Last week I posted about how for the first time since we came to Montreal there were no snow flakes before my birthday, November 8. A couple of people reported that they'd seen a few flurries which made me feel slightly better about global warning. And I'm happy to report that Thursday and Friday of this week saw definite snow squalls. Nothing measurable, nothing that even stayed on the ground for more than a minute, but at last a little snow.

As we will be celebrating my birthday this evening (those of Elin and Lee, Oct. 2 and Sept. 18 respectively for reasons that are too long to go into) I'm glad that the beginning of winter has made itself felt without doubt before the party.

Thursday, 17 November 2011

Attention Must Be Paid to Writers--on Front Pages, if Not Ground Floors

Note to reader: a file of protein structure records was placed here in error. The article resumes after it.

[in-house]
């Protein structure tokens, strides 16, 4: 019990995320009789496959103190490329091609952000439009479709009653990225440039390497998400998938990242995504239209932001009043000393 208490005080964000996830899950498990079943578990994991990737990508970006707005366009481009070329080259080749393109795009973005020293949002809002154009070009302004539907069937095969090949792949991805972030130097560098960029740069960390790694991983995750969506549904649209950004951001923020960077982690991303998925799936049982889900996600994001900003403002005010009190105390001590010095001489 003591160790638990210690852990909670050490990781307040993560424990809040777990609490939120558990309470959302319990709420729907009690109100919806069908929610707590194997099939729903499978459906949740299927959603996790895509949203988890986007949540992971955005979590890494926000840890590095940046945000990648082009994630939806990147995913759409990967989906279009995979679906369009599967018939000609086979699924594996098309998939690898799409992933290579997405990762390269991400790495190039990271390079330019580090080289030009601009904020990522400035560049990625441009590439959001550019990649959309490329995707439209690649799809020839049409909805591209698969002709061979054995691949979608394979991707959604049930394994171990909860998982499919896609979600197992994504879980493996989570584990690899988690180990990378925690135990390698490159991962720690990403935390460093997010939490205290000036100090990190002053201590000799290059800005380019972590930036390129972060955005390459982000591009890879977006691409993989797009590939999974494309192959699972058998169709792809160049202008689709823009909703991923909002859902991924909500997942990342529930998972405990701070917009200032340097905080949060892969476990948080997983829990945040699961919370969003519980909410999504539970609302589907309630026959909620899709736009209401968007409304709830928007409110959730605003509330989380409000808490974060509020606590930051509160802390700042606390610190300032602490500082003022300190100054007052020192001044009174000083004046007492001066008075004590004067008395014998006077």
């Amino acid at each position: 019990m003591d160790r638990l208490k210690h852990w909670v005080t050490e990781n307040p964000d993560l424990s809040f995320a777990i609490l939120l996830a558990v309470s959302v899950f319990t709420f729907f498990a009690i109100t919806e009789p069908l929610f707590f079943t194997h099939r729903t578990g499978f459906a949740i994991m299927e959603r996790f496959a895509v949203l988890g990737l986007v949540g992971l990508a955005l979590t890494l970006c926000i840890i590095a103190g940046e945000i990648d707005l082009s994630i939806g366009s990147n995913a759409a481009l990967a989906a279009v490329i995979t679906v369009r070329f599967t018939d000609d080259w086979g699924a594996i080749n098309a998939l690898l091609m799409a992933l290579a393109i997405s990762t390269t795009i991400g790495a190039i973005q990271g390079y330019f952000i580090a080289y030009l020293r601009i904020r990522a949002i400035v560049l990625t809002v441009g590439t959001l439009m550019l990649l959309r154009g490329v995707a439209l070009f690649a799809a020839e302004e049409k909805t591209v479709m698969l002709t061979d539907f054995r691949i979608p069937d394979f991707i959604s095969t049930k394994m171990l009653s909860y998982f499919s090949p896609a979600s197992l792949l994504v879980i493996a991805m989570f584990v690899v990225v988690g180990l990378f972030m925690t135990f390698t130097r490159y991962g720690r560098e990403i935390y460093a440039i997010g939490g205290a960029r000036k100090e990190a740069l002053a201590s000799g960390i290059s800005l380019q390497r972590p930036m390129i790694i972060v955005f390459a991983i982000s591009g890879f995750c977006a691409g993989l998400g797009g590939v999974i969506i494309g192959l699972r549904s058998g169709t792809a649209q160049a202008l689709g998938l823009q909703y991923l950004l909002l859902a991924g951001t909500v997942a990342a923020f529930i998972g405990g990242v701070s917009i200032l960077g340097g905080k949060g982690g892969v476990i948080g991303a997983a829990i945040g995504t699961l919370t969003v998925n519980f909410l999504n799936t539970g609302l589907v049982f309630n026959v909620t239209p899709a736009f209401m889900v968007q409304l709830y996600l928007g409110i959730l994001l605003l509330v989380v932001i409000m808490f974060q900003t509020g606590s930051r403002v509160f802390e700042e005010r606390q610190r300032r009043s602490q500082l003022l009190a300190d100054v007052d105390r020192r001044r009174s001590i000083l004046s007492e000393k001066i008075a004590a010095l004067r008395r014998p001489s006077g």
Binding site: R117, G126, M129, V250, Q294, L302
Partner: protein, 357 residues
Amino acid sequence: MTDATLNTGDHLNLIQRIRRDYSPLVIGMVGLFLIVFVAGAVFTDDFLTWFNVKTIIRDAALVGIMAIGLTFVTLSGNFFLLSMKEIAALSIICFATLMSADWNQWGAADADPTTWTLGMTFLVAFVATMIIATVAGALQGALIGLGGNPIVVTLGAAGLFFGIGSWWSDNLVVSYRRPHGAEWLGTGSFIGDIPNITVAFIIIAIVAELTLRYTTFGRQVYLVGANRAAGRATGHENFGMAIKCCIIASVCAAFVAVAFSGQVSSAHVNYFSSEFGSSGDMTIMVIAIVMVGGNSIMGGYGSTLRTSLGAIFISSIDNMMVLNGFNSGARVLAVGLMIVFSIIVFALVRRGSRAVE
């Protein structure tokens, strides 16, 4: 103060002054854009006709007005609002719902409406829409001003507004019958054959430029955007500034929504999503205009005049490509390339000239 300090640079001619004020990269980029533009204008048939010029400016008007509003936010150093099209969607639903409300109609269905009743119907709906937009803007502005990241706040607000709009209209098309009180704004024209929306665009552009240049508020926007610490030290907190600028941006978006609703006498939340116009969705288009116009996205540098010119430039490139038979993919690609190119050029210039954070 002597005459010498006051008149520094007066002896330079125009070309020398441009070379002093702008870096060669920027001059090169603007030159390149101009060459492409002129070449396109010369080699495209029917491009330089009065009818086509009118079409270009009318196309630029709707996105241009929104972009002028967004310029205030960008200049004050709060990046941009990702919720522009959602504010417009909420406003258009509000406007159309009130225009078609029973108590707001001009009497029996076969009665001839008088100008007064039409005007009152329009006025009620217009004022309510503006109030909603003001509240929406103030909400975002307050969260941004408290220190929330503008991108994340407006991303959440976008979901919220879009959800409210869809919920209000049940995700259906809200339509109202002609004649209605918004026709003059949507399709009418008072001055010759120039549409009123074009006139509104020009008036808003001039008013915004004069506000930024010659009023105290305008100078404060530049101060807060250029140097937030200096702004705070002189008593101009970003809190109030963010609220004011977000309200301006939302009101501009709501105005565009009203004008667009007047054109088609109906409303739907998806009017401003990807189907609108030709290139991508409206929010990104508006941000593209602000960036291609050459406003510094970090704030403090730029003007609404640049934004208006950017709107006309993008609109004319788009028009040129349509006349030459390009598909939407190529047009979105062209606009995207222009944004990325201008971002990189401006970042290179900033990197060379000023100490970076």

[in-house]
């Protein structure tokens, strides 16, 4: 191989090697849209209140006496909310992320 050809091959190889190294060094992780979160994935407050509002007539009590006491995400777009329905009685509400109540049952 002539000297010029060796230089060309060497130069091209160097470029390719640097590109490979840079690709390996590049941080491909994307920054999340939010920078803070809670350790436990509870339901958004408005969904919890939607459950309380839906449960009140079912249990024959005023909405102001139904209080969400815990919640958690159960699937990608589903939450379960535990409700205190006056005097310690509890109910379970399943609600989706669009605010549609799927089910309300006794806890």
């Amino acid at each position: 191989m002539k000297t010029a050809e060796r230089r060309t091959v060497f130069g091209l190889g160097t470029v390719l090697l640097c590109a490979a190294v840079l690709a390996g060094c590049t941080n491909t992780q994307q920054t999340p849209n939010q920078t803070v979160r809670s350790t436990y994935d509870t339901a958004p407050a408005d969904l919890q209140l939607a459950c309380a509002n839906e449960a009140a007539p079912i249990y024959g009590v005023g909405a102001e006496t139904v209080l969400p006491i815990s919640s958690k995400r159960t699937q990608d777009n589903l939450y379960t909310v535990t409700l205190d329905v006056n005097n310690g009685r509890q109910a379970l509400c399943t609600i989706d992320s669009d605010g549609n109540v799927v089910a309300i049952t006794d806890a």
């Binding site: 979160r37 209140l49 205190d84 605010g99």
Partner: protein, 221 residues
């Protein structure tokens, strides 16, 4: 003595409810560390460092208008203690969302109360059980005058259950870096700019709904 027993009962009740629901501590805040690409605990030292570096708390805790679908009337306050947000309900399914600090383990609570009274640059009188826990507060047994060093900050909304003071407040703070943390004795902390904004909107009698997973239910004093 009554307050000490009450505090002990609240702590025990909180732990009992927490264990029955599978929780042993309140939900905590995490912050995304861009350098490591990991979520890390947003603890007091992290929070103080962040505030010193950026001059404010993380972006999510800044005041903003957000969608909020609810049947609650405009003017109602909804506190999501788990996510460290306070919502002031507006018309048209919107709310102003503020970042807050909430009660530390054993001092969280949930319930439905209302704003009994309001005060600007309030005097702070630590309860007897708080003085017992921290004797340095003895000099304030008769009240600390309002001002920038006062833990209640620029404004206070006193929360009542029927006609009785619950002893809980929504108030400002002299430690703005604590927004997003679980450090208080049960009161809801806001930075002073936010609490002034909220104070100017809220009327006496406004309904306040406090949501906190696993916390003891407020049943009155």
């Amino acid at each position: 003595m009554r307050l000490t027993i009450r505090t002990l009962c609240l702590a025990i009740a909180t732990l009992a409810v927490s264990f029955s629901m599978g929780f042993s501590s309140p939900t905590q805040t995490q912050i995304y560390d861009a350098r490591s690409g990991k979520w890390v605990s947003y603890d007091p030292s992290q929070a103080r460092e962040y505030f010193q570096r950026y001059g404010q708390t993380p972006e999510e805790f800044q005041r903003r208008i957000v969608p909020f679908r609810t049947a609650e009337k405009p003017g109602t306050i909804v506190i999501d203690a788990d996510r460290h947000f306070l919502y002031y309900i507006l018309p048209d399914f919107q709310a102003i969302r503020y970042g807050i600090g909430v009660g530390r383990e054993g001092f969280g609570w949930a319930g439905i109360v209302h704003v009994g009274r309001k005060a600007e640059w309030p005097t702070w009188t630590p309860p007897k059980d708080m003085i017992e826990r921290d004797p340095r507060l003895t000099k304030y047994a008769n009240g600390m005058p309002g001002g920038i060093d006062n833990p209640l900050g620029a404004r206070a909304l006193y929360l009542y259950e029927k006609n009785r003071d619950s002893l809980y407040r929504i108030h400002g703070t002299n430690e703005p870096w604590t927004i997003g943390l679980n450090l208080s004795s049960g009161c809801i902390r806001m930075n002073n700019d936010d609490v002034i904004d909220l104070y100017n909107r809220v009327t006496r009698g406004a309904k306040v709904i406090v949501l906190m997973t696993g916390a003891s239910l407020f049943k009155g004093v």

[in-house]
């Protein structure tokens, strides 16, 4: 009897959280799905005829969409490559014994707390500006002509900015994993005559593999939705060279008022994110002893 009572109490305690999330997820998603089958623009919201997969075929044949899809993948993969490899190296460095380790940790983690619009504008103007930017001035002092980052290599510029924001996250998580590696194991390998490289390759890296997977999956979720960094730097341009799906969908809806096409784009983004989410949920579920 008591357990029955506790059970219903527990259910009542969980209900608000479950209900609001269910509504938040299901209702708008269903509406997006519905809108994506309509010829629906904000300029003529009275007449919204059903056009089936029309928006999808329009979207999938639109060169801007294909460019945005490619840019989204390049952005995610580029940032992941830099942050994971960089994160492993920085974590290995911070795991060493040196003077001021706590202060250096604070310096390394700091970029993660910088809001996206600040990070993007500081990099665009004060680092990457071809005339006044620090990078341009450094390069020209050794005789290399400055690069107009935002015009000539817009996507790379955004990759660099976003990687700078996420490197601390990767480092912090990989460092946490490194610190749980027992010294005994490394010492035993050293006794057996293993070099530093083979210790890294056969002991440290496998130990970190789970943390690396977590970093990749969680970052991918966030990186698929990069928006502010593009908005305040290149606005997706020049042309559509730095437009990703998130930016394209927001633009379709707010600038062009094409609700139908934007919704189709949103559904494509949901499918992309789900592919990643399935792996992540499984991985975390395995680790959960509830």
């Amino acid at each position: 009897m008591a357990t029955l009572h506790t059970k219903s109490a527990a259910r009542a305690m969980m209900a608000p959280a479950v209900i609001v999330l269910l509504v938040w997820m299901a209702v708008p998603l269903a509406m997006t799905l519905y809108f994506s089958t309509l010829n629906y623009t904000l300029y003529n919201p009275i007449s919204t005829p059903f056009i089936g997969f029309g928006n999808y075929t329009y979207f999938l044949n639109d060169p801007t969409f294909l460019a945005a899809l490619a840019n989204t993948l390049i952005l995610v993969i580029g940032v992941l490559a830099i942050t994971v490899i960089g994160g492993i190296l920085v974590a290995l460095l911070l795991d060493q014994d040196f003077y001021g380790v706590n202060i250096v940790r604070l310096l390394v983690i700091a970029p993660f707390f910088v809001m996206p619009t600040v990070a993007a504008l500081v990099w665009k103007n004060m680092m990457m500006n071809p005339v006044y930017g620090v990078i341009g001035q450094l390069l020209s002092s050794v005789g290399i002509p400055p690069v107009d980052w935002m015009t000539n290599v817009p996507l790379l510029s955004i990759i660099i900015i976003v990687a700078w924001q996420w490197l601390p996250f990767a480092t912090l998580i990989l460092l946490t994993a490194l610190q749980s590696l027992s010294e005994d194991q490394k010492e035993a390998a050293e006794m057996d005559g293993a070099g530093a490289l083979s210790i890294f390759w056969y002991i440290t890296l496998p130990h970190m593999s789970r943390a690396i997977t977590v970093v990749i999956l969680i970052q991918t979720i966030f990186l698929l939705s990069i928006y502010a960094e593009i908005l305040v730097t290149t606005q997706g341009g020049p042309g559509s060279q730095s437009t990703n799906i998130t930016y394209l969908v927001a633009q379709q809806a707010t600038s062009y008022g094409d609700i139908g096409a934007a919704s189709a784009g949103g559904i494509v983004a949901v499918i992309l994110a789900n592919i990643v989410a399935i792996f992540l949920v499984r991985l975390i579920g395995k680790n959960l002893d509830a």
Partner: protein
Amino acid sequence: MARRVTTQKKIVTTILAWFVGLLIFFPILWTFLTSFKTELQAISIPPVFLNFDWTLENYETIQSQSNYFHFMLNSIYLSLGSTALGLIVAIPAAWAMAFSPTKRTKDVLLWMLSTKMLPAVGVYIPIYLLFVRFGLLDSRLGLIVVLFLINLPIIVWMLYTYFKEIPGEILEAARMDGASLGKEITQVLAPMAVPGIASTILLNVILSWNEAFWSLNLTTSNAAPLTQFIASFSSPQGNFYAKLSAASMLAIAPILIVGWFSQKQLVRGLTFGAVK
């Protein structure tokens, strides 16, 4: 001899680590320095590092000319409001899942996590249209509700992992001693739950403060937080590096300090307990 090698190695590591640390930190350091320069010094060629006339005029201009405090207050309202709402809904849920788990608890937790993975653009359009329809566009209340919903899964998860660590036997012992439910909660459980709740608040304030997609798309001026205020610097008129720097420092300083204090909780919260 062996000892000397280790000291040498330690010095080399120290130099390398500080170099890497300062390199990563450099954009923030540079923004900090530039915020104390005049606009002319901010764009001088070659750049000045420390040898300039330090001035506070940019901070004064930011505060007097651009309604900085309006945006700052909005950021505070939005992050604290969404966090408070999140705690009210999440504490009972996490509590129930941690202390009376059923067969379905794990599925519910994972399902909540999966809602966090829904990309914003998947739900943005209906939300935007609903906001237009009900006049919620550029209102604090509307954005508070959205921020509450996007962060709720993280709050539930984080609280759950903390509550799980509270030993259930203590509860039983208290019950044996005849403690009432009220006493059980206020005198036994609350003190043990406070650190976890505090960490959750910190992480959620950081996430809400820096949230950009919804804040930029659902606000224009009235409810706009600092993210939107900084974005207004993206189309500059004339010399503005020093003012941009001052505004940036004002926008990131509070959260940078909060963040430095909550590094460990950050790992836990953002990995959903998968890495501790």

There are times when a writer feels absolutely second rate, completely forgotten, totally unnecessary in the scheme of most of society. But then something comes along thatis amazing evidence that somebody cares a lot.

That happened Tuesday when Le Devoir invited a couple of dozen of Quebec writers to write the news. Not just reviews and cultural observations, but the hard stuff including politics and business. For example, novelist Marie Laberge contributed a fascinating article on the presence of immigrants in the construction industry, based on Statistics Canada data. The occasion was the opening of the Salon du livre, a six day book bash that draws more than 100,000 visitors every year.

The high profile attention given to writers is truly encouraging--almost enough to make up for the fact that when I went into the local Renaud-Bray (the Quebec book store chain) I discovered that books had been moved up to the second floor, and candles and Christmas paraphernalia took up most of the first floor space....